November 26. From: Irin I got to thinking today when I saw a girl in a plaid miniskirt and a white button-down shirt (unrelated anecdote—as an initiation, one of the women’s sports teams here had to show up at dining halls dressed like “Baby”-era Britney during freshman week): Up until now, Britney hasn’t necessarily traded on her sexuality per se; she’s traded on the whiff of it. What people found so tantalizing or immoral about her was how much she exploited the sexualization of innocence—so, yeah, that heaving bosom, but specifically encased in a Catholic schoolgirl outfit. I hate to focus more on Britney’s breasts, since they’ve already gotten so much airtime, but think about it: The public’s obsession with them centered around whether they could change that fast. Then it was her virginity. She’s like a fast-forward morality play of adolescence, parodied beyond recognition and tacked onto the public imagination. I mean, have you even heard the MP3 that turns “Baby” into a ditty about her . . . well, you get the idea. I’m not gonna touch that rhyme.
Elizabeth Wurtzel wrote a great essay in The Guardian last year, saying, “Britney Spears’s entire appeal is in denying her entire appeal. Unlike, say, Madonna, who never pretended to be anything other than an overtly sexual being, Britney Spears has built an entire image around insisting that she does not mean to be sexy.” And where I’m going with this is, if Britney loses her virgin nymphet status, where is she? What is she? This new image of hers is crafted so carefully to show that she’s grown-up. So what? So are a lot of the chicks in glitter tops and skintight pants lining up to audition for Pop Star. If Britney’s currency has always been the temptation of awakening, how much will people care about her once she’s fully awake, once she officially brands herself a woman? All of the fucked-up ideas our society has about female sexuality come to a head here—women lose cultural value with maturity.
November 26. From: Amy So few pop stars are successfully able to make that leap in audience from kids to adults. I can only think of the Beatles and Madonna—people who started out with an almost exclusively underage audience and were able to grow with them, the Beatles out of sheer talent and innovation and Madonna because she never treated the kids like kids in the first place. I don’t think Britney’s capable of making that leap. Already, this album is selling less than the other two—a lot less. And it’s not because of September 11—people are still buying Garth Brooks albums like mad.
December 6. From: Irin Before lecture today, I sheepishly produce my Britney ticket stub as an excuse for missing the screening yesterday. After spitting out his soda in disbelief, my teaching fellow admits that it’s a pretty good excuse.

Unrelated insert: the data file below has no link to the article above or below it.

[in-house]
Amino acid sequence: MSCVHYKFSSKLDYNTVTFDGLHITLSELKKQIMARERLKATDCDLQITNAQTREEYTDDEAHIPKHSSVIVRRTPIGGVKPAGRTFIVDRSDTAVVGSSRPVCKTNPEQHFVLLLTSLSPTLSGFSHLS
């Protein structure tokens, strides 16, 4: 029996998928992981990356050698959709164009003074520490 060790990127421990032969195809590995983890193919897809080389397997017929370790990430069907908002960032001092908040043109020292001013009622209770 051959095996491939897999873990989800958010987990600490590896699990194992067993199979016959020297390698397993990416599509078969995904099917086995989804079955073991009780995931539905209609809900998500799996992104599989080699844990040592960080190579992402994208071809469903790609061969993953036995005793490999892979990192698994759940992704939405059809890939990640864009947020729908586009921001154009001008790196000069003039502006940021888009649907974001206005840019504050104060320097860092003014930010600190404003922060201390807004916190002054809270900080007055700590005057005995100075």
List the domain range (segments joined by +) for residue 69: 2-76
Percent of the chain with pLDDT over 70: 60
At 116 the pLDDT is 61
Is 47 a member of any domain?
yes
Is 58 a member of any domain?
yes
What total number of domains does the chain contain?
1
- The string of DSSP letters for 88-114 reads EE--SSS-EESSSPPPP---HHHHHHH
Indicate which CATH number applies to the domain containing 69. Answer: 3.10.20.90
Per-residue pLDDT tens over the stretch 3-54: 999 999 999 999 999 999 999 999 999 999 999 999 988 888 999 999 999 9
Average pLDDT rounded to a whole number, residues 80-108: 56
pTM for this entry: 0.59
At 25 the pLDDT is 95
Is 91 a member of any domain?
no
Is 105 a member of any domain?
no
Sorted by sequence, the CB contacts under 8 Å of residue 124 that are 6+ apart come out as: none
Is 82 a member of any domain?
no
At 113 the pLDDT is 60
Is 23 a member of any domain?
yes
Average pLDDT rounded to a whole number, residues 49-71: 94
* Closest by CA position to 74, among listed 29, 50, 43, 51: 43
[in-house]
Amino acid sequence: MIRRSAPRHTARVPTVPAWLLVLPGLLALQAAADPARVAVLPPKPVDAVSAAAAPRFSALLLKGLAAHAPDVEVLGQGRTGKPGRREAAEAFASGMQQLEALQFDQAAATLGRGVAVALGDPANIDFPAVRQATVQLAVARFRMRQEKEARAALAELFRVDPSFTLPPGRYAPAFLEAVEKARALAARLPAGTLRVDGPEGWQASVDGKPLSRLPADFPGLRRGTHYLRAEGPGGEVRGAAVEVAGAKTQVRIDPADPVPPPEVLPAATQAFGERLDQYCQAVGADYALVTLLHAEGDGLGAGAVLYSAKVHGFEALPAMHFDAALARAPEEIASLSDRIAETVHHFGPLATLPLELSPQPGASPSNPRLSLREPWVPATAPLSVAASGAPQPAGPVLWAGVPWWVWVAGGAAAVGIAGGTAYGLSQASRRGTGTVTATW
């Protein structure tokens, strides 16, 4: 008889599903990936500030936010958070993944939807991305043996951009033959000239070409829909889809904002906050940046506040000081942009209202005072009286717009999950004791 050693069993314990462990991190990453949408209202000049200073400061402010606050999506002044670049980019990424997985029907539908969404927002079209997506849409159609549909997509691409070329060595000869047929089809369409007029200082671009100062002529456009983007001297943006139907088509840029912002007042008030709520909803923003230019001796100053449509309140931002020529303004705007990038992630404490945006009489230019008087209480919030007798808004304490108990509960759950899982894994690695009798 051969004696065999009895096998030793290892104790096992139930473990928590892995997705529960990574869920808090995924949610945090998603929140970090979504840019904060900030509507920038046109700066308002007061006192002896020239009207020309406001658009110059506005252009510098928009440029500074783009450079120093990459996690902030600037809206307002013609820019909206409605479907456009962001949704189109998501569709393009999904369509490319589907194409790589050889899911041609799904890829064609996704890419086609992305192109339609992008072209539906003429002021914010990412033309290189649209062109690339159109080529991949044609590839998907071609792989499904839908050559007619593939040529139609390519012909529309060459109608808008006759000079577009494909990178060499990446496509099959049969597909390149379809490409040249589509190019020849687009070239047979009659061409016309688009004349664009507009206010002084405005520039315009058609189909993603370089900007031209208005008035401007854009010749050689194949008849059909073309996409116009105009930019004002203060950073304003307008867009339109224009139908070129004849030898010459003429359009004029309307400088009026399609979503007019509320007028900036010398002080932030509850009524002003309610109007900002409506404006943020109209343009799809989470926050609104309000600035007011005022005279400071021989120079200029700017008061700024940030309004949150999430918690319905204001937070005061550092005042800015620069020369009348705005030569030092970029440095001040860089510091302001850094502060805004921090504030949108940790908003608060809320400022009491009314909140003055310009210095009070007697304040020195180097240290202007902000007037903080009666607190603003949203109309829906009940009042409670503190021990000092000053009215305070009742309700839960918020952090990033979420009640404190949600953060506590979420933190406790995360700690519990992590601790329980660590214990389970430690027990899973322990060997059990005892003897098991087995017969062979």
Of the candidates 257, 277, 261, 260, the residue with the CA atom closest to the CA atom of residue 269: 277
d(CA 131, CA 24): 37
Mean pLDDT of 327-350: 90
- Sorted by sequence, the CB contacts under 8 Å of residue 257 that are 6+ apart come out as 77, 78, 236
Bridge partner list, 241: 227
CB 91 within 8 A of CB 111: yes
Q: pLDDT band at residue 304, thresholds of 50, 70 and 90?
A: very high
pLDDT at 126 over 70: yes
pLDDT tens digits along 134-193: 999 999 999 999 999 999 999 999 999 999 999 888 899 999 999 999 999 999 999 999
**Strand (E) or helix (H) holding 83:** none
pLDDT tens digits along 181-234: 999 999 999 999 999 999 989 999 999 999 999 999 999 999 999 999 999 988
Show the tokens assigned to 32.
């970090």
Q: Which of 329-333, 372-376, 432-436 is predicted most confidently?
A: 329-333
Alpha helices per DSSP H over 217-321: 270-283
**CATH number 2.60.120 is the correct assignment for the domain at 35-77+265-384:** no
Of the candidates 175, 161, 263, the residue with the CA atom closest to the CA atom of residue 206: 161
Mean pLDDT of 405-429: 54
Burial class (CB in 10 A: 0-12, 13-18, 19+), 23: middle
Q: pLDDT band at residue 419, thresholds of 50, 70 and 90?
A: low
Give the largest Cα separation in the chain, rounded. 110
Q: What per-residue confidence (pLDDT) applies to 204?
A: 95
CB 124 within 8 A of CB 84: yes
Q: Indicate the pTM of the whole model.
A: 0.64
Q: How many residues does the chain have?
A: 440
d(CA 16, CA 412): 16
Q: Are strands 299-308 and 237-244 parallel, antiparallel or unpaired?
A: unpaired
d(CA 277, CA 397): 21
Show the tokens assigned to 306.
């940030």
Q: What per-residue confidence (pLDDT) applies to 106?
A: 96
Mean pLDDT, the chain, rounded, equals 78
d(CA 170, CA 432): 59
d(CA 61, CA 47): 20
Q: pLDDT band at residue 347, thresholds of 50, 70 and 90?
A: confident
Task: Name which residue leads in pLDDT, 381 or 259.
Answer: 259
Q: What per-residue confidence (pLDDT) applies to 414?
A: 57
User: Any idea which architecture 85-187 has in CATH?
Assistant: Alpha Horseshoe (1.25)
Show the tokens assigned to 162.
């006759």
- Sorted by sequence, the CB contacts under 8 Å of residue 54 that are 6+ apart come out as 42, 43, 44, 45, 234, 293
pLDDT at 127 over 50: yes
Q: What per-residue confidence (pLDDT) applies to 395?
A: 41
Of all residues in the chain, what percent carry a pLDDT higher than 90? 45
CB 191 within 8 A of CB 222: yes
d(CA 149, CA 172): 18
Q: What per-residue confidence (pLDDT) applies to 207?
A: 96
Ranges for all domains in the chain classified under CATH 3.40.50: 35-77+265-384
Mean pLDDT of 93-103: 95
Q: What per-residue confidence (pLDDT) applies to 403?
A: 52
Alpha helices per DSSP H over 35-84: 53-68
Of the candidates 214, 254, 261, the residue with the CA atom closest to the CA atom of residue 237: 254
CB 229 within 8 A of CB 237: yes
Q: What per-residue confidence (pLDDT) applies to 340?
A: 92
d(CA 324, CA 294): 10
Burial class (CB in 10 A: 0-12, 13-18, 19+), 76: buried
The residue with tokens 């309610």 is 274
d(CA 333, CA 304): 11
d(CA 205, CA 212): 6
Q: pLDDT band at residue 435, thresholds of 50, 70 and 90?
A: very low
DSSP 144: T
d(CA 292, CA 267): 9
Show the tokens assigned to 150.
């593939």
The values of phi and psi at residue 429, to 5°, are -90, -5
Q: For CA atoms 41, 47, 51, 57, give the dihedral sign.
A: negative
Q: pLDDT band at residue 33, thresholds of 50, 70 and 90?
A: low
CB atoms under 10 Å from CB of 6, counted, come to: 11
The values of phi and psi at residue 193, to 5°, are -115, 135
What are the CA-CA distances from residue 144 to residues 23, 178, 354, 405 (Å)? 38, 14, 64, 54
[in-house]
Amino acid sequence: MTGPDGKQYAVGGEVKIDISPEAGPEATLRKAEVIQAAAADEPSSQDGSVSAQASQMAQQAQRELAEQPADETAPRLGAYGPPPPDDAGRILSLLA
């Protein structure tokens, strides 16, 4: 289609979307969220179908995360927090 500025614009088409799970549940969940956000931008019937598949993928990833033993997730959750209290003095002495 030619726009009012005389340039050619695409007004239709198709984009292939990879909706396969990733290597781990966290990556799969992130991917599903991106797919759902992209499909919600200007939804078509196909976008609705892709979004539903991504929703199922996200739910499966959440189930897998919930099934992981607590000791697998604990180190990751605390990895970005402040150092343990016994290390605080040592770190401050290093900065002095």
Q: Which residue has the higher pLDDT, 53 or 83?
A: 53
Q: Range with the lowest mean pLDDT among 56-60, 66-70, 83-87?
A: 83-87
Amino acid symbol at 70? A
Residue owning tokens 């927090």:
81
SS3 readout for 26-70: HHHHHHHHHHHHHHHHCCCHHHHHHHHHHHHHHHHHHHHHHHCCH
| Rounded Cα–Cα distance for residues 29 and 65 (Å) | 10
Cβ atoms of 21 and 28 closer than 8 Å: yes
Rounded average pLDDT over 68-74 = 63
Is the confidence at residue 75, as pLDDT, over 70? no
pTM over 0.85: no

Last night at Madison Square Garden . . . it ends up being about watching the line between irony and sincerity waver out of existence: We can’t tell anymore who’s kidding. It’s not the little girls sitting next to us in Britney shirts, cooing, “I Love Rock ‘n’ Roll” in baby voices and toting teddy bears. Jury’s out on the little girl’s daddy who thought it would be cute to dress his four-year-old in coy Catholic schoolgirl attire. Gay men in glitter tops vie for vision with petulant teenage girls tarted up in homemade I * Britney shirts. Parents clap along amiably, as if they’re doing time at Barney Live in Concert rather than the sort of Cats-meets- Moulin Rouge debauchery onstage.
Any healthy skepticism I had about the claim that Britney is any sort of role model, let alone a poor one, dies before she even comes on, as a girl of about six in a spangled midriff top performs an impromptu gyration against a railing. Her mother looks on fondly, the adults in the audience applaud and whoop, and she, still thrusting gamely, beams at the attention.
We summon a sort of rebellious superiority at having arrived in jeans and free of makeup. All girls within 10 years of us—eight to 28—are hyper-styled: unyielding, ironed, and maximized to obliteration. They only follow Britney’s example. Her body is flawless, her dancing respectably close. But what you get from her show is, aptly, a cliché: smoke and mirrors. During “Lonely,” real-life Britney challenges a life-sized video Britney to a fight, but no one cares who wins. Out of the smoke, dancers swirl around Britney carrying jagged mirrors, reflecting her out of existence.
“I’m not a little girl anymore,” she explains earnestly, sitting down for a solemn “Not a Girl, Not Yet a Woman.” This is the only ballad on the album, so it’s time to reflect on the heroism of New York. The little girls chorus along, swaying with their arms around each other. I almost envy them.
I find it utterly charmless, even alarmingly desperate. Britney Spears is past her peak. I want to appreciate the camp, the unabashed spectacle, but instead I feel personally bruised by the excess. Songs like “I Love Rock ‘n’ Roll,” delivered writhing from a suspended cage, lose their power when they’re disembodied and decentralized. The dark edginess she’s trying to introduce not only rings false, it seems macabre and inappropriate. I want cheer, maybe some prettiness.
We get a little during what is my favorite sequence, though its reactionary fairy-tale message makes me gag. Britney rises slowly out of a giant Freudian music box, spinning like a ballerina and singing “Born to Make You Happy.” Confetti rains on the audience, Britney rips off her tutu, and moves into brilliant renditions of “Lucky” and “Sometimes I Run.” She sinks back into the box; her dancers close the gilded top. “When the moment comes,” the narrator intones, “he will wake her up. And he will love her until the day she dies.” They roll the box away.